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Coax Splitter Signal Degredation

Last response: in Networking
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February 14, 2013 12:59:45 PM

I just got a new modem for my higher internet speeds (bumped my service to 30mbps down / 5 mbps up), but I needed to retain my phone line, which wasn't an option for my new modem. So I purchased a coax cable splitter and two short coax cables from Monoprice, and used both modems; the old for phone, the new for internet.

My biggest concern was whether my speeds would be affected by the degraded signal or not. Multiple Google searches, looking for things like "will a coax splitter lower my internet speeds" yielded mixed and confusing results at best, and no hard numbers on what to expect.

So I did a little testing of my own, before and after installing my new modem / coax splitter. I ran each test about 10 times and averaged out the results.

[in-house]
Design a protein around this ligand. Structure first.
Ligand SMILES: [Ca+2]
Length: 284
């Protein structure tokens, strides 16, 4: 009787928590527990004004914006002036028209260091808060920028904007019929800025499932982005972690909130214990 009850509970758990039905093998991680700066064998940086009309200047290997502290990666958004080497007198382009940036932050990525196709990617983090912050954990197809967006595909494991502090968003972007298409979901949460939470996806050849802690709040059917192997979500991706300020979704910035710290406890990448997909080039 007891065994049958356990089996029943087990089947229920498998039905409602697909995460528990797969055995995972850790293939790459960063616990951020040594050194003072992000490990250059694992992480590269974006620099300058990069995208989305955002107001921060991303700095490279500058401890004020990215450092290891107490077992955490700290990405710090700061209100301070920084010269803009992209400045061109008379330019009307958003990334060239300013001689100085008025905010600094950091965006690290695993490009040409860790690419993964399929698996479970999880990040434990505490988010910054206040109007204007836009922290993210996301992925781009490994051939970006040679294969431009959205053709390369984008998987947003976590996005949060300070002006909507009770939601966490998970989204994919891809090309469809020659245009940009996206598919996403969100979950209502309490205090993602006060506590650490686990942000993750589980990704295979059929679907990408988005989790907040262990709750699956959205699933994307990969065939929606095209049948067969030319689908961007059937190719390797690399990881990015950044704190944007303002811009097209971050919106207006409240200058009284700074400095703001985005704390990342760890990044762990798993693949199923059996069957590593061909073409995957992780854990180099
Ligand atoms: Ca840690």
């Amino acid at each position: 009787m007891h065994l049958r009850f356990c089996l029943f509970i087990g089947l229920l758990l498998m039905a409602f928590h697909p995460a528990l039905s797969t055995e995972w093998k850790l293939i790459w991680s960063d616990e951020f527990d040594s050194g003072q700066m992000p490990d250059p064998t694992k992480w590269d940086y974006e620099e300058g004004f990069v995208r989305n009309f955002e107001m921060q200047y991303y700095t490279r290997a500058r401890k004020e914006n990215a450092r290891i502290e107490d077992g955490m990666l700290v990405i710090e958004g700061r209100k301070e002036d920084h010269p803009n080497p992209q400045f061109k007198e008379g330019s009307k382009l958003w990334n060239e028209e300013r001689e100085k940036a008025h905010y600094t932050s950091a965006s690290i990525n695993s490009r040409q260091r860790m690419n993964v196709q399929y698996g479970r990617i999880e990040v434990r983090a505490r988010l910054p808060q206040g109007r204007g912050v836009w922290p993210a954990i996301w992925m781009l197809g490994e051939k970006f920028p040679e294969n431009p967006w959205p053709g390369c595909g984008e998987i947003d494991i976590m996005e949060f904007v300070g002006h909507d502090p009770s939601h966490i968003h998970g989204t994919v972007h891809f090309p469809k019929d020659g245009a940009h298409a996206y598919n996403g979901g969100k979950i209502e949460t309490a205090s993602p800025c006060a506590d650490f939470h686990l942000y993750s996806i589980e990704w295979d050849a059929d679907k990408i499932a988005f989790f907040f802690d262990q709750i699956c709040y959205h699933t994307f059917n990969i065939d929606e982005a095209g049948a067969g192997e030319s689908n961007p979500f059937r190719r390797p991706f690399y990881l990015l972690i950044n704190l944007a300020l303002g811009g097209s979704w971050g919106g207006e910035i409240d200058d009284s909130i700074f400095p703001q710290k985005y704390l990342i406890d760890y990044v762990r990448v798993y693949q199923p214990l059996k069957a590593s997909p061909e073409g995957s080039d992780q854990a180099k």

(PING / DOWN / UP)

Old modem, no coax splitter:
24ms / 25.63 mbps / 1.03 mbps

New modem, no coax splitter:
23ms / 30.14 mbps / 5.03 mbps

New modem, coax splitter:
23ms / 30.16 mbps / 5.03 mbps

It appears my tests with the old modem were flawed. The download speed was limited by the modem, but the upload speeds appeared limited by me not doing a power cycle after the 5 up was added to my service. Nonetheless, this shows how a proper modem can mean the difference between fully using your service or not.

A helpful side note, always run a power cycle for your modem and then any routers when you change your internet services. I say modem first and then the router because I did them both at once and it caused my router to have trouble resetting correctly. Back on topic...

As for the two-way coax splitter, the results were virtually identical. I actually got a slightly better result from the test on the coax splitter, just by chance. I'm sure results will vary, based on the signal strength provided by your ISP, but chances are you will not know the difference.

The splitter cost me $2.01 and is rated for 2400MHz.
February 19, 2013 10:28:54 PM

The splitter reduces the signal to the modem by a little more than half, but the signal coming into the home is normally high enough to compensate for at least one splitter.
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